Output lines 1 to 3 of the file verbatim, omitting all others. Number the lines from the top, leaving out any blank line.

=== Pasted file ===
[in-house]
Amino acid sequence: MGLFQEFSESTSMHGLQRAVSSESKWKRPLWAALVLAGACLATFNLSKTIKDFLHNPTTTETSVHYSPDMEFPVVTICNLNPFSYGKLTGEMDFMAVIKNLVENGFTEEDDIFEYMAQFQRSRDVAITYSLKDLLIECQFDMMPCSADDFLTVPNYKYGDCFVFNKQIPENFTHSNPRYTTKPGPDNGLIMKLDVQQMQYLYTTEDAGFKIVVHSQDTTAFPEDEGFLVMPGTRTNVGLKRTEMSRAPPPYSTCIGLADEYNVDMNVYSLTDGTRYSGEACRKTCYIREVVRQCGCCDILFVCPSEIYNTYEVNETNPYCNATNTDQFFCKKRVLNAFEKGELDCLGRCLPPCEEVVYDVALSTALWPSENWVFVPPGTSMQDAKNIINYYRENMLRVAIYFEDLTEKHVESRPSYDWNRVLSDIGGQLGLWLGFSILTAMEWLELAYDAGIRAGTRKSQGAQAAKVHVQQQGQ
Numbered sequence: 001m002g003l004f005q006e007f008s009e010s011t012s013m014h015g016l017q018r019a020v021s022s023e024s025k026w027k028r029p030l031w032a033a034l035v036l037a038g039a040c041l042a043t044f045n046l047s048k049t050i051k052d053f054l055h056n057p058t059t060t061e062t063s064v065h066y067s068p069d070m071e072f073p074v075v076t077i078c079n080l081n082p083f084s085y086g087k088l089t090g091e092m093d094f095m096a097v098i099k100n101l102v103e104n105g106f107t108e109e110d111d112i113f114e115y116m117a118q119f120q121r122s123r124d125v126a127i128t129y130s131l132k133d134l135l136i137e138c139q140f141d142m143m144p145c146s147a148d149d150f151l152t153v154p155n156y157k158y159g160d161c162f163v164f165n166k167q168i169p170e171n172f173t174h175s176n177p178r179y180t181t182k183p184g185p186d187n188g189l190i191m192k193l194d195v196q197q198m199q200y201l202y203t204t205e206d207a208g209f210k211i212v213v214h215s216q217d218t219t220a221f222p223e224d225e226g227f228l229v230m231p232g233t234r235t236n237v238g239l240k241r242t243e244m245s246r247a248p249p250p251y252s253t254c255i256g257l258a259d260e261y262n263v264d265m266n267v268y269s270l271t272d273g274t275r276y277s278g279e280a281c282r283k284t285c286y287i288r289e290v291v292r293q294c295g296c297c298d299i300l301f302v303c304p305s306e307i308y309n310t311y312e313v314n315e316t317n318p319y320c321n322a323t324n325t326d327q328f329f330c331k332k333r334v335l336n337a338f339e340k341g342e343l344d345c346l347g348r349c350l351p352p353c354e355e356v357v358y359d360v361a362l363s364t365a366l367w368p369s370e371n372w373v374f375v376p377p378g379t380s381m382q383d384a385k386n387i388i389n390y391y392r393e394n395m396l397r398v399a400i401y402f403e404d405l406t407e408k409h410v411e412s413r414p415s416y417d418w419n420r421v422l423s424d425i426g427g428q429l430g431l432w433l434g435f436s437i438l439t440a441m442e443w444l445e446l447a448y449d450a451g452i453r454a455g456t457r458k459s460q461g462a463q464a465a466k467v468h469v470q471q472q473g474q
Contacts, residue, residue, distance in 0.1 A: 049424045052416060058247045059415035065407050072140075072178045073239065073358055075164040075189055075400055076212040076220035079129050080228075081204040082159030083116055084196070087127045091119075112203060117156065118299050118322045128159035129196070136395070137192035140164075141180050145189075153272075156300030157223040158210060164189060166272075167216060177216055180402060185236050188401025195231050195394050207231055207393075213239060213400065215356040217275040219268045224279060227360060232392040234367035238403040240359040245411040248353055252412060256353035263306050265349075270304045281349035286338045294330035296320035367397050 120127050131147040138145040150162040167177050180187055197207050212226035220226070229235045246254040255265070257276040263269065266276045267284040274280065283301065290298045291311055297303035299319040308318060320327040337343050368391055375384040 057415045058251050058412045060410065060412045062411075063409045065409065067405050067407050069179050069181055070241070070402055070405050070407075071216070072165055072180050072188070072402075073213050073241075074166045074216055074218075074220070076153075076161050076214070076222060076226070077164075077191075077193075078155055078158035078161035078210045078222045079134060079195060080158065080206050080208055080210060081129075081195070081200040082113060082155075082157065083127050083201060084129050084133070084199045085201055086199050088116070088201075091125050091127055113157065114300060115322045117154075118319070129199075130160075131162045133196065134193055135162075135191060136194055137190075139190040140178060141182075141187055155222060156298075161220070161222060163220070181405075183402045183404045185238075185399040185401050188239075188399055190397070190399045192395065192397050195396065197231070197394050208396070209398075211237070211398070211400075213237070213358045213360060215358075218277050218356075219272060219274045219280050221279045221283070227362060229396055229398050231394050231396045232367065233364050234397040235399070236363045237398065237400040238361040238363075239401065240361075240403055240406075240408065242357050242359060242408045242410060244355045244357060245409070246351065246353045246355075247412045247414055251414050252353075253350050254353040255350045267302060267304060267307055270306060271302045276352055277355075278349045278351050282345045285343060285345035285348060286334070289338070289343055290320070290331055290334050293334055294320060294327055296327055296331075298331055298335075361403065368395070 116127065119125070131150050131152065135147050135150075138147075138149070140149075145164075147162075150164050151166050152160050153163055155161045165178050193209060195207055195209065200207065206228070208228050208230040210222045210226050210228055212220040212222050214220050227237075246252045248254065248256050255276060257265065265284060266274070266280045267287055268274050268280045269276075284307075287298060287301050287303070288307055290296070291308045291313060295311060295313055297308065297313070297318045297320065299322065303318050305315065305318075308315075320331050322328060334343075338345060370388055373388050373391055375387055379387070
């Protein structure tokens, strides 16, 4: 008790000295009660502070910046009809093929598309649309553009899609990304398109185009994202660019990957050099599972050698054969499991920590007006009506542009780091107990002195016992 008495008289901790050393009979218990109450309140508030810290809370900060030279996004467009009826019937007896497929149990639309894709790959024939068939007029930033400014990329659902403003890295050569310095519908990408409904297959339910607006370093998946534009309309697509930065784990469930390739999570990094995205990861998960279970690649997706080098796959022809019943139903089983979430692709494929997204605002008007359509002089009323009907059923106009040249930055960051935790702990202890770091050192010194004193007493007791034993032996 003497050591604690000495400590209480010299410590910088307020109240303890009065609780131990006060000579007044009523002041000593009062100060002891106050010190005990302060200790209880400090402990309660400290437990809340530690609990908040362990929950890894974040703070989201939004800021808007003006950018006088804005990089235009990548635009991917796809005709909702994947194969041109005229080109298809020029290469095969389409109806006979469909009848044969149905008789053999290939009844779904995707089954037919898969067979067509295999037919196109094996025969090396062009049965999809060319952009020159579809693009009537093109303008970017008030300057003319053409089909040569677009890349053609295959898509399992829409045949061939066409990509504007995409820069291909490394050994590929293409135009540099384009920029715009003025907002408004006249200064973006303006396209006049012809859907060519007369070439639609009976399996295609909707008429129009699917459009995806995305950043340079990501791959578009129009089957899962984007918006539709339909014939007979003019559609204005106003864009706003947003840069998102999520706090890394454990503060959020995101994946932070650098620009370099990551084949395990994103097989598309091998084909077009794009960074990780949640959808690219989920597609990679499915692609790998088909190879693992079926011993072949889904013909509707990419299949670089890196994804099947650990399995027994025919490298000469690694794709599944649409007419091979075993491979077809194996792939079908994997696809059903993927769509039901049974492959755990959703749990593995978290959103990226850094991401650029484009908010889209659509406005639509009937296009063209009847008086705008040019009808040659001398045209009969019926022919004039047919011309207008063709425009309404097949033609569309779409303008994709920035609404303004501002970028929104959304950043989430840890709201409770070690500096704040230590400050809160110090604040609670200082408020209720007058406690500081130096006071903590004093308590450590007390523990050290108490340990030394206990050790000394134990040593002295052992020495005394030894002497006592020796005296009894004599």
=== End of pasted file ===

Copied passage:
[in-house]
Amino acid sequence: MGLFQEFSESTSMHGLQRAVSSESKWKRPLWAALVLAGACLATFNLSKTIKDFLHNPTTTETSVHYSPDMEFPVVTICNLNPFSYGKLTGEMDFMAVIKNLVENGFTEEDDIFEYMAQFQRSRDVAITYSLKDLLIECQFDMMPCSADDFLTVPNYKYGDCFVFNKQIPENFTHSNPRYTTKPGPDNGLIMKLDVQQMQYLYTTEDAGFKIVVHSQDTTAFPEDEGFLVMPGTRTNVGLKRTEMSRAPPPYSTCIGLADEYNVDMNVYSLTDGTRYSGEACRKTCYIREVVRQCGCCDILFVCPSEIYNTYEVNETNPYCNATNTDQFFCKKRVLNAFEKGELDCLGRCLPPCEEVVYDVALSTALWPSENWVFVPPGTSMQDAKNIINYYRENMLRVAIYFEDLTEKHVESRPSYDWNRVLSDIGGQLGLWLGFSILTAMEWLELAYDAGIRAGTRKSQGAQAAKVHVQQQGQ
Numbered sequence: 001m002g003l004f005q006e007f008s009e010s011t012s013m014h015g016l017q018r019a020v021s022s023e024s025k026w027k028r029p030l031w032a033a034l035v036l037a038g039a040c041l042a043t044f045n046l047s048k049t050i051k052d053f054l055h056n057p058t059t060t061e062t063s064v065h066y067s068p069d070m071e072f073p074v075v076t077i078c079n080l081n082p083f084s085y086g087k088l089t090g091e092m093d094f095m096a097v098i099k100n101l102v103e104n105g106f107t108e109e110d111d112i113f114e115y116m117a118q119f120q121r122s123r124d125v126a127i128t129y130s131l132k133d134l135l136i137e138c139q140f141d142m143m144p145c146s147a148d149d150f151l152t153v154p155n156y157k158y159g160d161c162f163v164f165n166k167q168i169p170e171n172f173t174h175s176n177p178r179y180t181t182k183p184g185p186d187n188g189l190i191m192k193l194d195v196q197q198m199q200y201l202y203t204t205e206d207a208g209f210k211i212v213v214h215s216q217d218t219t220a221f222p223e224d225e226g227f228l229v230m231p232g233t234r235t236n237v238g239l240k241r242t243e244m245s246r247a248p249p250p251y252s253t254c255i256g257l258a259d260e261y262n263v264d265m266n267v268y269s270l271t272d273g274t275r276y277s278g279e280a281c282r283k284t285c286y287i288r289e290v291v292r293q294c295g296c297c298d299i300l301f302v303c304p305s306e307i308y309n310t311y312e313v314n315e316t317n318p319y320c321n322a323t324n325t326d327q328f329f330c331k332k333r334v335l336n337a338f339e340k341g342e343l344d345c346l347g348r349c350l351p352p353c354e355e356v357v358y359d360v361a362l363s364t365a366l367w368p369s370e371n372w373v374f375v376p377p378g379t380s381m382q383d384a385k386n387i388i389n390y391y392r393e394n395m396l397r398v399a400i401y402f403e404d405l406t407e408k409h410v411e412s413r414p415s416y417d418w419n420r421v422l423s424d425i426g427g428q429l430g431l432w433l434g435f436s437i438l439t440a441m442e443w444l445e446l447a448y449d450a451g452i453r454a455g456t457r458k459s460q461g462a463q464a465a466k467v468h469v470q471q472q473g474q